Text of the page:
• Cook with Love and Kosher Salt

     

cranberry streusal pie

Ignore the lousy photo – forgot to take and this is just the messy leftover!

This has to be one of my favorite desserts.  I mean really and truly.  First, the color!  Wow.  Gotta love that bright red pie.  Second is the flaky buttery crust.  Really mouth-watering.  Next is the filling – I know, I know, it is cranberries and many seem to be put off by them, but I don’t get it.  I really don’t.  This filling is delicious – bursting with flavor both tart and sweet and against the crust it is fabulous.  And lastly – the streusel topping!  Streusel is the best and on top of a pie – well…again, wow.  Make this if you have some serious dessert lovers.  Sylvie said it was probably the best thing that I’ve made in a long while.  And Andy, he wouldn’t try it.  So…enjoy if you can and have willing company or family.

I think this is easiest if you make this in steps.  Make the streusel one day during the week – it will keep in the fridge.  Make the tart dough and even roll out (then place in freezer) until ready to bake.

That way, in the AM, you can blind bake your pie crust, while it is baking make the filling (so easy) and then you already have streusel.  Just less overwhelming that way.

cranberry streusel pie (from Smitten Kitchen):

crust

1 1/4 cups all-purpose flour (155 grams)
1 1/2 teaspoons sugar (6 grams)
1/2 teaspoon kosher salt  (3 grams)
1 stick cold unsalted butter, cut into chunks (4 ounces or 115 grams)
1/4 cup very cold water,  (60 ml) plus an additional tablespoon if needed

filling

4 1/2 cups fresh or frozen cranberries (from 1 1/2 12-ounce bags)
1 cup granulated sugar, plus 1 to 2 more tablespoons, if desired, to taste
a little bit of orange zest
2 pinches kosher salt
1 tablespoon cornstarch

streusel

2/3 cup rolled oats
1/2 cup all-purpose flour
1/3 cup sugar
1/3 cup light or dark brown sugar
1/2 teaspoon ground cinnamon
1/4 teaspoon kosher or sea salt
3/4 cup pecans, toasted first if you have the time
6 tablespoons unsalted butter, melted and cooled

Ok, so for the pie dough – I’m copying from Deb’s post – since she gives great detail and great direction.  I did the food processor method and the dough was perfection!  And I par baked the crust which she also suggests.

“the pie dough:

  • By hand, with my one-bowl method: In the bottom of a large bowl, combine the flour, salt and sugar. Work the butter into the flour with your fingertips or a pastry blender until mixture resembles a coarse meal and the largest bits of butter are the size of tiny peas. (Some people like to do this by freezing the stick of butter and coarsely grating it into the flour, but I haven’t found the results as flaky.) Add 1/4 cup cold water and stir with a spoon or flexible silicone spatula until large clumps form. Use your hands to knead the dough together, right in the bottom of the bowl. If necessary to bring the dough together, you can add the last tablespoon of water.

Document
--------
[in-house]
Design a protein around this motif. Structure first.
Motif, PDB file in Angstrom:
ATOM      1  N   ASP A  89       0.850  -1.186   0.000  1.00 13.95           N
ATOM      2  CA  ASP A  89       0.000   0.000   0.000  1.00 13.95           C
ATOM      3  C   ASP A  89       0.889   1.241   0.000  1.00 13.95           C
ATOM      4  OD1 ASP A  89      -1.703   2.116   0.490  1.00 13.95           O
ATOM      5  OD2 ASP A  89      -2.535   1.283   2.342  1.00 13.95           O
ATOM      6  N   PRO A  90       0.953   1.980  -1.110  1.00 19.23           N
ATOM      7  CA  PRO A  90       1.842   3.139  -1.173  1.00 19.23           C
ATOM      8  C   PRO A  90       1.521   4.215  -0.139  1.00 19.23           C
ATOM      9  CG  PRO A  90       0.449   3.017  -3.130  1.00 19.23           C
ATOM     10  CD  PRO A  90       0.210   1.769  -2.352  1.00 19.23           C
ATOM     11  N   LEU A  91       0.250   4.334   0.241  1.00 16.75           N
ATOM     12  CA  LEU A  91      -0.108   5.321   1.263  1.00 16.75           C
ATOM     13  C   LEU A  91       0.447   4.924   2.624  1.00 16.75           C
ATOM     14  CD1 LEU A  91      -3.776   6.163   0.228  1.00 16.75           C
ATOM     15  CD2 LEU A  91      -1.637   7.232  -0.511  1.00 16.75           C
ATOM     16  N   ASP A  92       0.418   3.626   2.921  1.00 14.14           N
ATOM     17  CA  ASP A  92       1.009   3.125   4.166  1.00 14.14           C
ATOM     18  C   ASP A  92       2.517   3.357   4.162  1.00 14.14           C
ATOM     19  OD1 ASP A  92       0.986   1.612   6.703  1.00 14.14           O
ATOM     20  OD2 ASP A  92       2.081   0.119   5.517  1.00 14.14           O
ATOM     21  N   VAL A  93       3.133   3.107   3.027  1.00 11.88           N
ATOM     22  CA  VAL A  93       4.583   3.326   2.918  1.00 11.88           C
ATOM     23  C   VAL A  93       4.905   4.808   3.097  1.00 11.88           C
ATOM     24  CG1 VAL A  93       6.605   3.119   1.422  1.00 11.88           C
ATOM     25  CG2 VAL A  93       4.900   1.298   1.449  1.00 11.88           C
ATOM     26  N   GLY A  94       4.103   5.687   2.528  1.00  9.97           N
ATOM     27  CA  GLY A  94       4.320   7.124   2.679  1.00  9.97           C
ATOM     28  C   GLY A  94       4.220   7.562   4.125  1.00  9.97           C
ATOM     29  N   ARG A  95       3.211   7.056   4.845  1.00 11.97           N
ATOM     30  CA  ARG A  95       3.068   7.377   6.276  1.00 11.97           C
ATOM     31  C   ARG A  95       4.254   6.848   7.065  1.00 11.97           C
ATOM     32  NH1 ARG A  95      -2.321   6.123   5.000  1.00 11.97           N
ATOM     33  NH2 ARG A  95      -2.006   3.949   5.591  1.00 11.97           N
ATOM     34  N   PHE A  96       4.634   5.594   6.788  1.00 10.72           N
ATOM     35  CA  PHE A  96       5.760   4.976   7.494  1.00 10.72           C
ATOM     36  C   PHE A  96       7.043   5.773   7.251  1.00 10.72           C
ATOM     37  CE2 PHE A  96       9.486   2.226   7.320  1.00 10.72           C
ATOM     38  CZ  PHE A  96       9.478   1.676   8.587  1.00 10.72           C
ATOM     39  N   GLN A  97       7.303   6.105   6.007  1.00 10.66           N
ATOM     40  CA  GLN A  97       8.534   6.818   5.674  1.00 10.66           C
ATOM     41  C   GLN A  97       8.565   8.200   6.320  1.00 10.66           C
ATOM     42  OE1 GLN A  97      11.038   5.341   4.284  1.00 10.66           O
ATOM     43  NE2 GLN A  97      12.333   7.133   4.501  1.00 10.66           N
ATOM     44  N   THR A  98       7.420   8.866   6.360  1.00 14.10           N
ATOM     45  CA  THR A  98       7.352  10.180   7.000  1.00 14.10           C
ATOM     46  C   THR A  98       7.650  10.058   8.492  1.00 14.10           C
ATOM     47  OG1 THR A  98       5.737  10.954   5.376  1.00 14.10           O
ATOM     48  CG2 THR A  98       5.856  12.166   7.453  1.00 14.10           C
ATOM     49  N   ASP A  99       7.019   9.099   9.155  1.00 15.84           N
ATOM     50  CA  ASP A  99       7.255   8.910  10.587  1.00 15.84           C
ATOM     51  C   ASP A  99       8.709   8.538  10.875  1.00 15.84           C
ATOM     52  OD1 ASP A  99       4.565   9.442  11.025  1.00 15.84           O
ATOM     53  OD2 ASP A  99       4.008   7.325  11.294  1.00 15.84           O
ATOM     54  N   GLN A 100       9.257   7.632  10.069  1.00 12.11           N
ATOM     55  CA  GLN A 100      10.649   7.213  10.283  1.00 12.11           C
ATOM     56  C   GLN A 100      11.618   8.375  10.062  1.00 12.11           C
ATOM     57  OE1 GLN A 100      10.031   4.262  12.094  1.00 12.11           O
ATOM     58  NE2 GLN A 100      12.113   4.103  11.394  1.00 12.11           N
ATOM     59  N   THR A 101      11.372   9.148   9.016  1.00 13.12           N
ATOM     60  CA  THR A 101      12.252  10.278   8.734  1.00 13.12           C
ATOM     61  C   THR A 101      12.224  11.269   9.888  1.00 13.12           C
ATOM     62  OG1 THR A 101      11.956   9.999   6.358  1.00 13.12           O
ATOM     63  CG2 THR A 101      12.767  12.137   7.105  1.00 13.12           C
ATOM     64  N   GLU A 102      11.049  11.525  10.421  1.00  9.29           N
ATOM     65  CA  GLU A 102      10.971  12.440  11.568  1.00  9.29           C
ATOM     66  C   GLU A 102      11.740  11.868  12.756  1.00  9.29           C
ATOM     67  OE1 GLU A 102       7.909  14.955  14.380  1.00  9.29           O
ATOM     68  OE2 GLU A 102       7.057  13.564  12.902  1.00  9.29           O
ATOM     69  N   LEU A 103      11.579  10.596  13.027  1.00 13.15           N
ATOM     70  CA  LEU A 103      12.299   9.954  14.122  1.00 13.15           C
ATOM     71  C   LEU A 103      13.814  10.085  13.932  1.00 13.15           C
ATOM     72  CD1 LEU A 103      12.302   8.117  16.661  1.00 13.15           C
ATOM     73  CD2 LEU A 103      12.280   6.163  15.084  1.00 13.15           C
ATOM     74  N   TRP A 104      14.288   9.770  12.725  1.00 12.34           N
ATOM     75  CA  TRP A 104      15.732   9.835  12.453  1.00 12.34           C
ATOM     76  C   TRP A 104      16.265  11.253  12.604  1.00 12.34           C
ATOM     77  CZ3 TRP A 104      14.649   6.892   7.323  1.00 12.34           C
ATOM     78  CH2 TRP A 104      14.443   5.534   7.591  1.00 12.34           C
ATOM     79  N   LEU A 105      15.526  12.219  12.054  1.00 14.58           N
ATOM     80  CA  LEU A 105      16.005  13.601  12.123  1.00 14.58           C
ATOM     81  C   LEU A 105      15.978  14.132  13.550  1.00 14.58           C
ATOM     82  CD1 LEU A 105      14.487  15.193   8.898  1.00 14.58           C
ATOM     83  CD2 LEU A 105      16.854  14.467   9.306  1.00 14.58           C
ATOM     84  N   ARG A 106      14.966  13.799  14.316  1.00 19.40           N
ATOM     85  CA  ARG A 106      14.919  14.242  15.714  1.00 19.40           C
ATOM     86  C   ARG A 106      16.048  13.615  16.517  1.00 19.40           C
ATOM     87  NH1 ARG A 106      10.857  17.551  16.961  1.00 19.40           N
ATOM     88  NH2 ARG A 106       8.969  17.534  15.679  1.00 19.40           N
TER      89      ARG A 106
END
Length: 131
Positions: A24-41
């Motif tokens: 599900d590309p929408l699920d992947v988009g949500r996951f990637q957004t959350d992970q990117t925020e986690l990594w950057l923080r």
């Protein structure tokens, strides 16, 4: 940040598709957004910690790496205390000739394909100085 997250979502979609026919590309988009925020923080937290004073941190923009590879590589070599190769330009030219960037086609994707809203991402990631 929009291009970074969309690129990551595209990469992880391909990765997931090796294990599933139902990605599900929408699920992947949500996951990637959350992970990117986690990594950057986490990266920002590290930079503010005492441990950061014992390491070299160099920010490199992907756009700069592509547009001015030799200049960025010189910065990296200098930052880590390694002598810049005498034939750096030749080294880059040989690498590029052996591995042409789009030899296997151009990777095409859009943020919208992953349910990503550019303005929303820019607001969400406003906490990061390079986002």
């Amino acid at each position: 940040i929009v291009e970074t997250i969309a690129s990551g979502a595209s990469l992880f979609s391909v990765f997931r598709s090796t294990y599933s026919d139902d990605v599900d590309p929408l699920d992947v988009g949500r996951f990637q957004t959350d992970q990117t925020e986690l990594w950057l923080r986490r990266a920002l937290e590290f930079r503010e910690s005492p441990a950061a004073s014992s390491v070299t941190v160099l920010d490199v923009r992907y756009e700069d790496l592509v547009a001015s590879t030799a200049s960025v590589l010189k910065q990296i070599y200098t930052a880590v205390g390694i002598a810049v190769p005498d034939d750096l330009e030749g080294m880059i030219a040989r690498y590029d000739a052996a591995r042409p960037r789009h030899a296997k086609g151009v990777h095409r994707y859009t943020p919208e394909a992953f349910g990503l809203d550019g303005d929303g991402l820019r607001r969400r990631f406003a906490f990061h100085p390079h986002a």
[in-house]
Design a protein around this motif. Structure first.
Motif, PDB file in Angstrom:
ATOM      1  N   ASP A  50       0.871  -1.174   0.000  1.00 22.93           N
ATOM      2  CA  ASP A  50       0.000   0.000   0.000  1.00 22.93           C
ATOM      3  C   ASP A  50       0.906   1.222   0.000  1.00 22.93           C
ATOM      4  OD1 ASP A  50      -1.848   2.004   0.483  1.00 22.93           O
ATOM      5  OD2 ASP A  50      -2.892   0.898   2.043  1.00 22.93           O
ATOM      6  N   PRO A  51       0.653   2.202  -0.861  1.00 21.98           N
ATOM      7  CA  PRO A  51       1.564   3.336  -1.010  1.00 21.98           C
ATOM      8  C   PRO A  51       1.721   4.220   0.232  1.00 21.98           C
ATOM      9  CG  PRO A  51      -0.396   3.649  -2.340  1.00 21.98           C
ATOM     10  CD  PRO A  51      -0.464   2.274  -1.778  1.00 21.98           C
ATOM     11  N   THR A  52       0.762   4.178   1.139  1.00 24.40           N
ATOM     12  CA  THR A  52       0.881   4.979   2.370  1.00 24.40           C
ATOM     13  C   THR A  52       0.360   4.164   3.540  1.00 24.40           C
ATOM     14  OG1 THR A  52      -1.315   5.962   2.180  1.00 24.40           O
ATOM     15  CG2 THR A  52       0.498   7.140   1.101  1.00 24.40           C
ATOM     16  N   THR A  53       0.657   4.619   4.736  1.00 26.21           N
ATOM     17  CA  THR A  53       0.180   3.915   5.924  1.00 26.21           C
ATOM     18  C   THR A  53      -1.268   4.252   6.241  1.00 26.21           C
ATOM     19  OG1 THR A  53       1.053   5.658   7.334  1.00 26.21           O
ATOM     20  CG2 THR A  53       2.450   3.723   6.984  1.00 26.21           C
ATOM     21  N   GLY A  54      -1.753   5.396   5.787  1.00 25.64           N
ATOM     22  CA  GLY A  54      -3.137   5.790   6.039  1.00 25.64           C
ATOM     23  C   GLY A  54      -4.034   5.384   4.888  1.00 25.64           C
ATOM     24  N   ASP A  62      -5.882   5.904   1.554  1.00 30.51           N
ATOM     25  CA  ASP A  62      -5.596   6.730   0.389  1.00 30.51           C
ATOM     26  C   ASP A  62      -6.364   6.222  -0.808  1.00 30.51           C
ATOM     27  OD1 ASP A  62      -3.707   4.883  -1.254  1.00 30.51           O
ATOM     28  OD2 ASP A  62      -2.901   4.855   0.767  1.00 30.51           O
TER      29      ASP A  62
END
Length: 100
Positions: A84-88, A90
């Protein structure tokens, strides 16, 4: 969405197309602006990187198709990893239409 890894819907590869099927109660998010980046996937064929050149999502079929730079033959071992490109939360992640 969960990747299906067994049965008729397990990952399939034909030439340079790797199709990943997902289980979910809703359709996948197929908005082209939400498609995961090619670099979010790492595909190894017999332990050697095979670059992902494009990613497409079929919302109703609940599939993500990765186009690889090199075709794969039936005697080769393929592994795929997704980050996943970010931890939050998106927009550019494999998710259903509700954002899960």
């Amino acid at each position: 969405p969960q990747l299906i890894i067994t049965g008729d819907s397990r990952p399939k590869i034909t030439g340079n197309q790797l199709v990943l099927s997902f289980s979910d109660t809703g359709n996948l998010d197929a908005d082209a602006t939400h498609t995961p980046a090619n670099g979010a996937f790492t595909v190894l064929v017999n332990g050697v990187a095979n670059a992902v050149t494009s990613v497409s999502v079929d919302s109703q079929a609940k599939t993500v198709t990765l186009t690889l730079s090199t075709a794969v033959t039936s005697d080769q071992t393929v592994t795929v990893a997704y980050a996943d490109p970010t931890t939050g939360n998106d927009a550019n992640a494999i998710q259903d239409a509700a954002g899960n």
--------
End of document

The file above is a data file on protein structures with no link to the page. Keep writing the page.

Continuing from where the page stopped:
• With a food processor: In the work bowl of a food processor, combine flour, salt and sugar. Add butter and pulse machine until mixture resembles a coarse meal and the largest bits of butter are the size of tiny peas. Turn mixture out into mixing bowl. Add 1/4 cup cold water and stir with a spoon or flexible silicone spatula until large clumps form. Use your hands to knead the dough together, right in the bottom of the bowl. If necessary to bring the dough together, you can add the last tablespoon of water.
  • Both methods: Wrap dough in a sheet of plastic wrap and refrigerate for at least one hour, or up to 48 hours, or you can quick-firm this in the freezer for 15 minutes. Longer than 2 days, it’s best to freeze it until needed.

Form the crust: On a floured counter, roll the dough out into a 12 to 13-inch circle-ish shape. Fold dough gently in quarters without creasing and transfer to a 9-inch standard (not deep-dish) pie plate. Unfold dough and trim overhang to about 1/2-inch. Fold overhang under edge of pie crust and crimp decoratively. Return to fridge until ready to fill.

[Optional: If you’d like to par-bake the crust, once you’ve rolled it out, freeze it for 10 minutes inside your pie tin, until solid. Prick unbaked crust with a fork several times. Line it with lightly buttered foil. Fill with pie weights, dried beans or pennies. Bake at 400°F (205°C) on rimmed baking sheet 15 minutes. Remove paper or foil and weights, and bake 5 to 10 more minutes until crust is golden brown and lightly crisp.]”

Ok, so heat oven to 375 degrees…or lower the oven if you just par baked.

For the filing, mix all the ingredients together.  And if cranberries are frozen, no worries, they will just take a few more minutes to warm up.   After about 5 minutes (or 10 if cranberries frozen), the cranberries will begin to leak juices.  Cook, stirring here and there until filling is loose.  You can crush some of the berries a bit too.  Transfer the filling to a bowl to let cool for a bit.

For the topping, place the oats (if you are using whole ones) in a food processor and grind until powdery.  Add toasted pecans and grind too.  Add flour, sugars, cinnamon and salt, and lastly, the butter, pulsing a few times to combine.

Sprinkle the streusel on top of the filling and bake the pie for about 45 to 50 minutes.  You want the juices to bubble.  If the pie browns to fast, just lay foil loosely on top.

When done, eat warm or cold (I like it cold!) with freshly whipped cream or vanilla ice cream.  Yum.

 

 

 

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